It is the cache of http://www.scielo.cl/scielo.php?script=sci_arttext&pid=S0717-97072011000400003. It is a snapshot of the page. The current page could have changed in the meantime.
Tip: To quickly find your search term on this page, press Ctrl+F or ⌘-F (Mac) and use the find bar.

Journal of the Chilean Chemical Society - ELECTROCHEMICAL INVESTIGATION OF CYSTEAMINE AT CARBON FIBER MICRODISK ELECTRODE

SciELO - Scientific Electronic Library Online

 
vol.56 número4A NEW METHOD FOR ONE-POT SYNTHESIS OF ARYLOXYPHENOXYPROPIONATE HERBICIDES USING 2,4,6-TRICHLORO-1,3,5-TRIAZINE AND (n-BU)4NI AS A HOMOGENEOUS CATALYSTPROTONATION EQUILIBRIA OF L-DOPA AND 1,10 PHENONTHROLINE IN PROPYLENE GLYCOL-WATER MIXTURES índice de autoresíndice de materiabúsqueda de artículos
Home Pagelista alfabética de revistas  

Journal of the Chilean Chemical Society

versión On-line ISSN 0717-9707

J. Chil. Chem. Soc. vol.56 no.4 Concepción dic. 2011

http://dx.doi.org/10.4067/S0717-97072011000400003 

J. Chil. Chem. Soc., 56, No 4 (2011), págs: 837-841

 

ELECTROCHEMICAL INVESTIGATION OF CYSTEAMINE AT CARBON FIBER MICRODISK ELECTRODE

 

IS EL-HALLAG1, A.O. AL-YOUBI2, A.Y. OBAID2, E.H. EL-MOSSALAMY2, S.A. EL-DALY2, AND A.M. ASIRI

1 Chemistry Department, Faculty of Science, Tanta University, Tanta 31527, Egypt. e-mail: ielhallag@yahoo.co.uk
2
Chemistry Department, Faculty of Science, King AbdulAziz University, P.O. Box 80203, Jeddah, Saudi Arabia


ABSTRACT

The electrooxidation of cysteamine compound was carried out using convolutive cyclic voltammetry, linear sweep voltammetry and chronoamperomtry techniques at a carbon fiber microdisk electrode in 0. 1 M perchloric acid. The electrooxidation potential (E0'' ) of cysteamine occurs at + 0.921 V. The mechanistic pathway of electrooxidation process at carbon fiber microelectrode is loss of 1 electron per molecule. The electrode process is controlled mainly by diffusion. The chemical and electrochemical parameters of the investigated system were determined experimentally and verified theoretically via digital simulation method.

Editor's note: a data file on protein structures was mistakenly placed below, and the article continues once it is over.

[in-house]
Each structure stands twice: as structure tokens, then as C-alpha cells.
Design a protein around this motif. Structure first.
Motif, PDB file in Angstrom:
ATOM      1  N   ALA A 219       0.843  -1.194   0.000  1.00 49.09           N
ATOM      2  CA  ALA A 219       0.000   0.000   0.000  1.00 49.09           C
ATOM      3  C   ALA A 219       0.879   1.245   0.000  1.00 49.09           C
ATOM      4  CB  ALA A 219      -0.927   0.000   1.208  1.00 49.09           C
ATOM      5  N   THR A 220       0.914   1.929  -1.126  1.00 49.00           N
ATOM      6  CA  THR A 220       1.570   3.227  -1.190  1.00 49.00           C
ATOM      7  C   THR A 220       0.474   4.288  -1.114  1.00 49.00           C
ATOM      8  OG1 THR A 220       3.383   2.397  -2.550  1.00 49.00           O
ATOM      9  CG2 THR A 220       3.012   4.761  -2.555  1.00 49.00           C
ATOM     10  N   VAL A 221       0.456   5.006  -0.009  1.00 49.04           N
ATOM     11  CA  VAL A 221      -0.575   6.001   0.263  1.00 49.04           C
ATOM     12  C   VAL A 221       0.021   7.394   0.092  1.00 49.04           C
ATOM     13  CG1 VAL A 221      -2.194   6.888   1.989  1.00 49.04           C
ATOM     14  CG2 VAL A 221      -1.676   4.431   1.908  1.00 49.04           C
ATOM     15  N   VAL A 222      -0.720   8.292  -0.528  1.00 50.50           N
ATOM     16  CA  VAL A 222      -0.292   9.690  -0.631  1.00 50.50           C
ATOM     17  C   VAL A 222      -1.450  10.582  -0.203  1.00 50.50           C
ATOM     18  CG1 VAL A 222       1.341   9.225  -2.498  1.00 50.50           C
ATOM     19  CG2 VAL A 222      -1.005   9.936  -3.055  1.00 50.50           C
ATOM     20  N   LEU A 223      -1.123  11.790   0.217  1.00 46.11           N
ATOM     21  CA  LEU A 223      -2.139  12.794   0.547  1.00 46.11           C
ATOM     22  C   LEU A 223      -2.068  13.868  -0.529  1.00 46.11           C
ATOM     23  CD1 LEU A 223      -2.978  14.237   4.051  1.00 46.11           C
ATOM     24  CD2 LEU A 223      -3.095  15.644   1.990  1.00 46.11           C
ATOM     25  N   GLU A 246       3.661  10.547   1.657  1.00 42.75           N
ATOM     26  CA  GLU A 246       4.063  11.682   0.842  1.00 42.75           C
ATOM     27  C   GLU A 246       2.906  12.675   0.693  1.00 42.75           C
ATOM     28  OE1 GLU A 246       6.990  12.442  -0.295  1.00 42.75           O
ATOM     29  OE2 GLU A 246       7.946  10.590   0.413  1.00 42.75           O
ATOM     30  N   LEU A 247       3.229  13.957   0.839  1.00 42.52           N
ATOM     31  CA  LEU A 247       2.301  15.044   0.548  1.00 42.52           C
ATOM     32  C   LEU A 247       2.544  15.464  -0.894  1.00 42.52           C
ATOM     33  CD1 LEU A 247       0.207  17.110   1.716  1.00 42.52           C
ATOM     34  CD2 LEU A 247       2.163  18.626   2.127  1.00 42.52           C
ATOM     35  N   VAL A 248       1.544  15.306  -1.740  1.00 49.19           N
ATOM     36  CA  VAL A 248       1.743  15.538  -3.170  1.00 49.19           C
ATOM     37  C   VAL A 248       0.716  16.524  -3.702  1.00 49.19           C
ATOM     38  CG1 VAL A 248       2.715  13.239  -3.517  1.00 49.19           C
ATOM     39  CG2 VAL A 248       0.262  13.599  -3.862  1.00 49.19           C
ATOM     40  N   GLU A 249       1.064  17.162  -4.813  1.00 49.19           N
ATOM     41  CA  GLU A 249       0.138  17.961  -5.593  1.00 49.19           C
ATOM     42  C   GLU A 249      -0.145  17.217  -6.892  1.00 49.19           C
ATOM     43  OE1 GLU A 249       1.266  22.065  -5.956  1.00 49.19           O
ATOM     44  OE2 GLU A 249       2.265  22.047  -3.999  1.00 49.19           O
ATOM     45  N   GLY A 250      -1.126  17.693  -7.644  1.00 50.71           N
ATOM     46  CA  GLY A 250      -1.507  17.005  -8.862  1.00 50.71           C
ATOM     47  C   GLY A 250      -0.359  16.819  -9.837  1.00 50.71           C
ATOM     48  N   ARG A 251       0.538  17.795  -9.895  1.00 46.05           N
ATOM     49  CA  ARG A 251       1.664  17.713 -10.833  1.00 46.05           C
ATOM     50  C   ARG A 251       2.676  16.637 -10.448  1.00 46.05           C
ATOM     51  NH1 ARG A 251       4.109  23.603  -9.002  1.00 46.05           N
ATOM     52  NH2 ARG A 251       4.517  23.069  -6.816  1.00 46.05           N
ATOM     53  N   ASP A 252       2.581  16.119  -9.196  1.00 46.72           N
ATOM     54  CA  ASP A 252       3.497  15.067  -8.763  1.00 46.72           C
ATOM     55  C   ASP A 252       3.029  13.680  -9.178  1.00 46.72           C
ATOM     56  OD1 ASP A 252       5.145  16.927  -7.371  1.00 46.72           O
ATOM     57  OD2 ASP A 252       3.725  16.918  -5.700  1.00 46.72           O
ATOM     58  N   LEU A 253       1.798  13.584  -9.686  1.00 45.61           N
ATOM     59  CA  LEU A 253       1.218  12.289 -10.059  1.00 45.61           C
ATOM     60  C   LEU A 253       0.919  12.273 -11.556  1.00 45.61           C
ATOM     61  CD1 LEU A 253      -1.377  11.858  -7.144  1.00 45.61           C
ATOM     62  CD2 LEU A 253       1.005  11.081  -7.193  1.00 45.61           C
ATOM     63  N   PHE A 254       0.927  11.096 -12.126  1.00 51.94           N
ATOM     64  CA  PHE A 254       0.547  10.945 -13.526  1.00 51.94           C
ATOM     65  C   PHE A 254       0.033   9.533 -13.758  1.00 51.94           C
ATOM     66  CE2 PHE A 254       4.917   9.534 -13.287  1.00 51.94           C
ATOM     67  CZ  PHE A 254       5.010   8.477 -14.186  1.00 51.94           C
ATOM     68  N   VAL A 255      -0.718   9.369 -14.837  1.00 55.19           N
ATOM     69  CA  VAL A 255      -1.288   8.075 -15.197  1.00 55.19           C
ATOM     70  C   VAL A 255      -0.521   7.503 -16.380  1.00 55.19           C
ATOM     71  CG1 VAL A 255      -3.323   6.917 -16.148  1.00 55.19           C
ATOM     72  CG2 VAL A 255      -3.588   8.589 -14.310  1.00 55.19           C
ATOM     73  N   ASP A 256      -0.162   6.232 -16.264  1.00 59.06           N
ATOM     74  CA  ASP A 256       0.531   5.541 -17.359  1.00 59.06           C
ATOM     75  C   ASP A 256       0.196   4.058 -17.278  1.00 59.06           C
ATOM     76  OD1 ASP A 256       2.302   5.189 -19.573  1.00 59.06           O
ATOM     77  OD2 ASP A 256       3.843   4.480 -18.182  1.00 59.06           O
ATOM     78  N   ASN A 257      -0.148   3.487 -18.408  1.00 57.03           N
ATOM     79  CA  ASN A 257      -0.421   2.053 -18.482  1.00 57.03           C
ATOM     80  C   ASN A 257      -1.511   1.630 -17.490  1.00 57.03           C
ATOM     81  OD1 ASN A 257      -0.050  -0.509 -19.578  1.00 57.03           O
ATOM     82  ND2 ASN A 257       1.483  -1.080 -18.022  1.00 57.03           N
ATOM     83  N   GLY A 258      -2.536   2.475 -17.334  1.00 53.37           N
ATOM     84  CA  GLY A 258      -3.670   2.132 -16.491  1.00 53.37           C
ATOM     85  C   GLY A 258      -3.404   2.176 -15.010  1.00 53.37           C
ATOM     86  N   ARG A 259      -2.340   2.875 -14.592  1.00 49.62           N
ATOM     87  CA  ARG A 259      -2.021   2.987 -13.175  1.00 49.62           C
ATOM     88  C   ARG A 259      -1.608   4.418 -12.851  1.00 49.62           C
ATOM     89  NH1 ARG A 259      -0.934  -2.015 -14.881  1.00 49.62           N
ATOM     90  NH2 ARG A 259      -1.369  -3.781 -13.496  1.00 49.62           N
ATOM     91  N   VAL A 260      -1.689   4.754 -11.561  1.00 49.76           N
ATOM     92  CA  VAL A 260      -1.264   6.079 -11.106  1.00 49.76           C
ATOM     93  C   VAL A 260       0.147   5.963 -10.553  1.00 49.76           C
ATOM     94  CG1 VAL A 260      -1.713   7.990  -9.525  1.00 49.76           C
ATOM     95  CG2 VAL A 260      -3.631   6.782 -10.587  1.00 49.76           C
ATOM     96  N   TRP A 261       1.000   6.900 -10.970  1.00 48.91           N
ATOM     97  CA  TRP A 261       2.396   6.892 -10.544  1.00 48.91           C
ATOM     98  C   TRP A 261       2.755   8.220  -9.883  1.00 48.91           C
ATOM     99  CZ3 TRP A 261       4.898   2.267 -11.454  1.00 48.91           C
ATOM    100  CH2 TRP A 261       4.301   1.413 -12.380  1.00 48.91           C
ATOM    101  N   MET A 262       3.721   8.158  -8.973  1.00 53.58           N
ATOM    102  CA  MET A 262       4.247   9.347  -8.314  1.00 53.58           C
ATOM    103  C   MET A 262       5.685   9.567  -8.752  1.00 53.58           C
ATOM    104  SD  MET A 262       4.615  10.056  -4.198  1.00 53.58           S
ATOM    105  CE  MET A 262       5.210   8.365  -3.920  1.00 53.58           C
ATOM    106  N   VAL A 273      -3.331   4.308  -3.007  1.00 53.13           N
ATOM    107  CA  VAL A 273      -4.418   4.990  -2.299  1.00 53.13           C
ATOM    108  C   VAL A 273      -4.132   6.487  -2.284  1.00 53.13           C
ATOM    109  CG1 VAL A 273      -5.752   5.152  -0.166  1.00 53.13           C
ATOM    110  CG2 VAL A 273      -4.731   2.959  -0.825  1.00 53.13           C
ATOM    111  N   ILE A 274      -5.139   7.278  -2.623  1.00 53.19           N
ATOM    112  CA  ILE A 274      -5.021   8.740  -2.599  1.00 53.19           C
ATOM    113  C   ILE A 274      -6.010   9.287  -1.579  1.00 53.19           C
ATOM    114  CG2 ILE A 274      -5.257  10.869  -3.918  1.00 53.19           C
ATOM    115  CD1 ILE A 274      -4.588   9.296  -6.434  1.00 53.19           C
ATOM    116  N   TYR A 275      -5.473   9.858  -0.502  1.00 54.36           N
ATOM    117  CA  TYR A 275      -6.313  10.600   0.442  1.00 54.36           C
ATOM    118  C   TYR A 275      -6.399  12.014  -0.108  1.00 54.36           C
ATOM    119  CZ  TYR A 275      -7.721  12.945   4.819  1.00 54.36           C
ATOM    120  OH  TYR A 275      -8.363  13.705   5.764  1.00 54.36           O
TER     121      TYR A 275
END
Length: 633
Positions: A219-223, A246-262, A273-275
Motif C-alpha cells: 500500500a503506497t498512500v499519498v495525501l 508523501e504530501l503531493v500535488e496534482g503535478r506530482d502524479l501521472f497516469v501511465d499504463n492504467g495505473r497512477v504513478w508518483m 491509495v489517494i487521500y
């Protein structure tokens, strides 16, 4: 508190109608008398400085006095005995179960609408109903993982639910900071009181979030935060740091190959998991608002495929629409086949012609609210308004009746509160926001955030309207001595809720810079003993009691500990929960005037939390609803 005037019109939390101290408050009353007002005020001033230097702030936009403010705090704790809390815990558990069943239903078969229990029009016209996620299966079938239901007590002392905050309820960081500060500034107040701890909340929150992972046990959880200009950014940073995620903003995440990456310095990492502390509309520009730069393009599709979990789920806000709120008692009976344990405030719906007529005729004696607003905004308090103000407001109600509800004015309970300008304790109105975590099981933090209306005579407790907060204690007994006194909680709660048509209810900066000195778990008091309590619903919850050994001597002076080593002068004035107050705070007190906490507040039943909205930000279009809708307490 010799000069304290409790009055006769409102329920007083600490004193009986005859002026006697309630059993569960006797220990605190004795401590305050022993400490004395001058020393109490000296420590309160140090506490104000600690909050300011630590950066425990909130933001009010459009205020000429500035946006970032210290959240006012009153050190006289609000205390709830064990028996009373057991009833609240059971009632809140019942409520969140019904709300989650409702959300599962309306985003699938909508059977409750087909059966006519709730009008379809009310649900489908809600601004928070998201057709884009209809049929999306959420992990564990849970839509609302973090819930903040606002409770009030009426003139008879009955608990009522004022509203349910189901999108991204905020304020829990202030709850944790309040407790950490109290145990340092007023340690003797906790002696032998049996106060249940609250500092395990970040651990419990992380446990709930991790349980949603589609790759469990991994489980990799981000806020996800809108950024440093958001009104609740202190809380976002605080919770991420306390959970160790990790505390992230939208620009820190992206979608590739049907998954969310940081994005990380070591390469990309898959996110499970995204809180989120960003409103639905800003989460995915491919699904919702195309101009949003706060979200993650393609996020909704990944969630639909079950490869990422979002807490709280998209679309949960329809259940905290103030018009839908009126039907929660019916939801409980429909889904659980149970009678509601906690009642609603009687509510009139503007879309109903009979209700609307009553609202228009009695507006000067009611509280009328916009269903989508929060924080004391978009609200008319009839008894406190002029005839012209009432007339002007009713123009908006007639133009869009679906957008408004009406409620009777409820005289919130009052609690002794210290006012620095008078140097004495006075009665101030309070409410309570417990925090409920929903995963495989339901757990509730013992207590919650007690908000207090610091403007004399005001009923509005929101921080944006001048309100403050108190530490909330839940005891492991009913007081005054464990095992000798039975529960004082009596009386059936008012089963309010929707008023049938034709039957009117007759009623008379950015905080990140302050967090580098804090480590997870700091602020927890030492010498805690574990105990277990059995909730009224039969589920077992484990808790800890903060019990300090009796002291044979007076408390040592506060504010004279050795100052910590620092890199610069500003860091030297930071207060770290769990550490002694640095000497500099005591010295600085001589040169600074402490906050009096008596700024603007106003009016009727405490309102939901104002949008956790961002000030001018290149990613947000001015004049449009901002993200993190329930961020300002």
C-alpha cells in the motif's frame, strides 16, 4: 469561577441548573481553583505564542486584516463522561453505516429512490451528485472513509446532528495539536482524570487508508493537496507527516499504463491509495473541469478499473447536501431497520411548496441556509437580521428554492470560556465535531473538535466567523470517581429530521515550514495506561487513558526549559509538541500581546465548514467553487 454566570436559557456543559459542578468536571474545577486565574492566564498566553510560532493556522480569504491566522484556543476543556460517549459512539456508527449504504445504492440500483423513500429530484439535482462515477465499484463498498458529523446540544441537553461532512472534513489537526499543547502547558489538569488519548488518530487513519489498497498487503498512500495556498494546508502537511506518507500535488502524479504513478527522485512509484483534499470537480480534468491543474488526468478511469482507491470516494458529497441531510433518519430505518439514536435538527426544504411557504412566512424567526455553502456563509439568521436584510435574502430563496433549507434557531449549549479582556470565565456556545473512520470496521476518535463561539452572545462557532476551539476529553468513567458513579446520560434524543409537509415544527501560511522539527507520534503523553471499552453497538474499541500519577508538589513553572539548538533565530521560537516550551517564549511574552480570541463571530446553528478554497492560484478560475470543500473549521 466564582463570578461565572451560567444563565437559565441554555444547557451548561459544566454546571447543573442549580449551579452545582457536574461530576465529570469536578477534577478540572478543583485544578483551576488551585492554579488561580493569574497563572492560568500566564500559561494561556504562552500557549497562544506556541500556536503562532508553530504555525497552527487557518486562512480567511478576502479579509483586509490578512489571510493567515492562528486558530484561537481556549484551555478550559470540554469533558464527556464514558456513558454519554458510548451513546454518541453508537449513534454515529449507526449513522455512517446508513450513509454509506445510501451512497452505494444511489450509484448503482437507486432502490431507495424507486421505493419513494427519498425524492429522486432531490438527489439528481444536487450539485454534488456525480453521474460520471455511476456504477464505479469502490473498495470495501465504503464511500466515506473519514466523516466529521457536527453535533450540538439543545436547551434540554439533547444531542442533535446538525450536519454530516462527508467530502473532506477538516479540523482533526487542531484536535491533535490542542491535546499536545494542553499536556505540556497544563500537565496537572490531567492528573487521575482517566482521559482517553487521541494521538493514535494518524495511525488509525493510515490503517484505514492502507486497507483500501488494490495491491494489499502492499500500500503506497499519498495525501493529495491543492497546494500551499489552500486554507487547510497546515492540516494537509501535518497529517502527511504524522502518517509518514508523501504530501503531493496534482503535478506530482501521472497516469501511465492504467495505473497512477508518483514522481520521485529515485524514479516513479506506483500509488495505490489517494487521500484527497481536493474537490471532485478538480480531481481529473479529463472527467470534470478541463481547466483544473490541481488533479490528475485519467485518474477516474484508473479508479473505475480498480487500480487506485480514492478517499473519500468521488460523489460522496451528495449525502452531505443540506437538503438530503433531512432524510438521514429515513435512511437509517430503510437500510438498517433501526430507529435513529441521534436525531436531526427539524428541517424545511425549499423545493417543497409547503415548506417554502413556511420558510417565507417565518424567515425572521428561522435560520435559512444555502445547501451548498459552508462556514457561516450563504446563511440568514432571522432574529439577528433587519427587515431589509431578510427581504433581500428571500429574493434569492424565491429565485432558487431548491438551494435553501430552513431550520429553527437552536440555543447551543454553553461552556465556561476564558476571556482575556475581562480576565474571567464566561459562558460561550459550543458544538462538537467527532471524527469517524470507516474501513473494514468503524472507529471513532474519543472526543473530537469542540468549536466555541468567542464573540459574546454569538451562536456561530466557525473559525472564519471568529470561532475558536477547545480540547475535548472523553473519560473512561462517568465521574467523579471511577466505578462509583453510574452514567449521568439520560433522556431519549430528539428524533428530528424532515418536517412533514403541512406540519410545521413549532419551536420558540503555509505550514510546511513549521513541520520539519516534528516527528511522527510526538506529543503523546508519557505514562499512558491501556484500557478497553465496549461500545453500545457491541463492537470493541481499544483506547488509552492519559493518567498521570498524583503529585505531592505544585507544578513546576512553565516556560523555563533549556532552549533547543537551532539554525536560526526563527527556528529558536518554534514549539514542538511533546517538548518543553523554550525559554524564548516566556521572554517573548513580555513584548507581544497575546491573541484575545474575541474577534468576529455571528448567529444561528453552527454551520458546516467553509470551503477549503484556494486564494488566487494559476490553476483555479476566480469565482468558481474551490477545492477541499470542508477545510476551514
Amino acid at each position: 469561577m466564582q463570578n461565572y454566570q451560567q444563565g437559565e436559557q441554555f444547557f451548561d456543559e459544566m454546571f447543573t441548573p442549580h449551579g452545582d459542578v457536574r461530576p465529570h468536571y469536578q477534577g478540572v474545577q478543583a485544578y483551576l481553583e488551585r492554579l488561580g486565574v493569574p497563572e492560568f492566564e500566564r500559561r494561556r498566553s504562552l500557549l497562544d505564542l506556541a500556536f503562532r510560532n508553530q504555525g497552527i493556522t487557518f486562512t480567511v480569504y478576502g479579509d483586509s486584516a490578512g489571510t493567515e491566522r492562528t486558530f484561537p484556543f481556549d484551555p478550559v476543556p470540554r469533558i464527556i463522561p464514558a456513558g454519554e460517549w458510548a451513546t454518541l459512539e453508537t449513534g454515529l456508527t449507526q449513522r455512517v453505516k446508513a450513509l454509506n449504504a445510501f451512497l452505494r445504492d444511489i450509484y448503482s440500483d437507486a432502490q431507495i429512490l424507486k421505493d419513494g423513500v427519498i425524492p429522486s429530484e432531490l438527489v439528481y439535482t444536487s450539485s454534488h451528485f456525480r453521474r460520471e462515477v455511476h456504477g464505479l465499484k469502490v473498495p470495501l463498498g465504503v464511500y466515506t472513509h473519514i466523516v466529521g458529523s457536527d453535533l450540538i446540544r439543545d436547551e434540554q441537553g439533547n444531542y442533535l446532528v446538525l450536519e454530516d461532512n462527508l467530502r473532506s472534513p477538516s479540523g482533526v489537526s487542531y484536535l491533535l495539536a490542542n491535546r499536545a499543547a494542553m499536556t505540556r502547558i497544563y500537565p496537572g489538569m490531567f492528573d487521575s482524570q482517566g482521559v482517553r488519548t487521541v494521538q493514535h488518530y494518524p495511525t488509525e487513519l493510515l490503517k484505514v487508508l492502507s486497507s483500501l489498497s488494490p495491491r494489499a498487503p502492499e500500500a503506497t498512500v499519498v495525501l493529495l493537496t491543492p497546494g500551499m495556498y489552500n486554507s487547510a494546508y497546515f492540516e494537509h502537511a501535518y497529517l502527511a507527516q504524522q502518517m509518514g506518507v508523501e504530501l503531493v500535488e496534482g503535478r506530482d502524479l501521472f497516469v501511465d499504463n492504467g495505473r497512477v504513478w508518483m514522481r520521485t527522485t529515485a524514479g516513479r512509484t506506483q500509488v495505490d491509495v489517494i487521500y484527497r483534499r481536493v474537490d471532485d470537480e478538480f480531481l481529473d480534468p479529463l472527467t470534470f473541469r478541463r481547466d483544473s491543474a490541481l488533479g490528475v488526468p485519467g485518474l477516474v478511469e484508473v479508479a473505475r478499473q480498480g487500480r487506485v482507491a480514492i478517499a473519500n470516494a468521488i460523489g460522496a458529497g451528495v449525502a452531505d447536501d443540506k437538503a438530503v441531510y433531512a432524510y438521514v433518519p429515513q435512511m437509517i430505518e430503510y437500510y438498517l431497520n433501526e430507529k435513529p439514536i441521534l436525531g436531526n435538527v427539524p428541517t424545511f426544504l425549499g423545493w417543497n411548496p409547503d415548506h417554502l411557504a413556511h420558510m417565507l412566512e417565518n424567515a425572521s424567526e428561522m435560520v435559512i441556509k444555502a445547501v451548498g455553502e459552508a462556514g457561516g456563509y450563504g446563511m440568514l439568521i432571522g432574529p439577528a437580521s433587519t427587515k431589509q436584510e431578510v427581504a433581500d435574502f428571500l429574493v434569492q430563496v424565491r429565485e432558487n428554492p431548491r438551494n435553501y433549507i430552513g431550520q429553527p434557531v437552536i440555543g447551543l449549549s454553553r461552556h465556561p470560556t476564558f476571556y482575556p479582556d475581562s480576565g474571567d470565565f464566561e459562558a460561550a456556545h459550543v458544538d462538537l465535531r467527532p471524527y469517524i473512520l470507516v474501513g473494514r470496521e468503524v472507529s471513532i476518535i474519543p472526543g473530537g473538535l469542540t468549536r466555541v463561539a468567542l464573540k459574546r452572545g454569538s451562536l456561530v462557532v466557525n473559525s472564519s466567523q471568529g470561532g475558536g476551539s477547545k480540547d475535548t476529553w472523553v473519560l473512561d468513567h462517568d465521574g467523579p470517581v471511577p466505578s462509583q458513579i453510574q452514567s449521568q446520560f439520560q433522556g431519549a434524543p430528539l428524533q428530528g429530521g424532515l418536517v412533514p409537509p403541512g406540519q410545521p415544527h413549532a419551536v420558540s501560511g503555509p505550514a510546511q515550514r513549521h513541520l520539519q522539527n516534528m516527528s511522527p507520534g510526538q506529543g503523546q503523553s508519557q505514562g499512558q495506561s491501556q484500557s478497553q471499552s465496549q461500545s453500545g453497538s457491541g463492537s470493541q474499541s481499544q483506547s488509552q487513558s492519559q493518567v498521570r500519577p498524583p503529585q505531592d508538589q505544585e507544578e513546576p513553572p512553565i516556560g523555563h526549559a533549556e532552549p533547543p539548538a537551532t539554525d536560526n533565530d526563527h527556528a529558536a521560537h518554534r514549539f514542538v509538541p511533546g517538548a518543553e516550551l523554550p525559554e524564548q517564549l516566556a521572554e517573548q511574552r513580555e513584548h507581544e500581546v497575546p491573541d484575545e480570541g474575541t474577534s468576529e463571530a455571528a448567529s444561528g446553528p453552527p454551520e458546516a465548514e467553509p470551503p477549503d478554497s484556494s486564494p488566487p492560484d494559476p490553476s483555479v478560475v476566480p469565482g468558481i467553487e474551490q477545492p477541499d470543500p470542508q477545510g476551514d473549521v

Keywords: cysteamine, convolutive voltammetry, chronoamperometry, micro disk electrode


1. INTRODUCTION

The unique properties of microdisk electrodes offer a number of particular advantages for their use in analytical applications. In the steady-state mass transport to the microdisk is dominated by quasi-hemispherical diffusion. As a consequence, the mass transport to and from the microdisk electrode surface is efficient, reproducible and insensitive to random convection. In analytical applications based on accumulation and stripping techniques this obviates the need for stirring during the preconcentration step, improves the precision of the measurement, and reduces analysis times. In addition, the small electrode surface area of the microdisk means that the double layer capacitance of the electrode is small, thus significantly reducing the charging current. As a consequence, the ratio of the steady-state Faradaic current to the non-Faradaic current is increased and the detection limit is enhanced.1

The small size of the electrodes also means that the currents passed at the microelectrode are small resulting in negligible ohmic drop (iR drop) even in the absence of a supporting electrolyte.2,3 This has dual advantages in analytical applications that sample preparation can be simplified and that the possibility of impurities from the added electrolyte is eliminated. Microelectrodes are thus particularly well-suited for trace analysis. Pt, Au, Hg and carbon microelectrodes have been used in stripping analyses for the determination of trace metals by a number of authors.4-8 In contrast, studies using microelectrodes for the determination of organic species are far less numerous and are restricted to the use of carbon fiber microelectrodes.9-19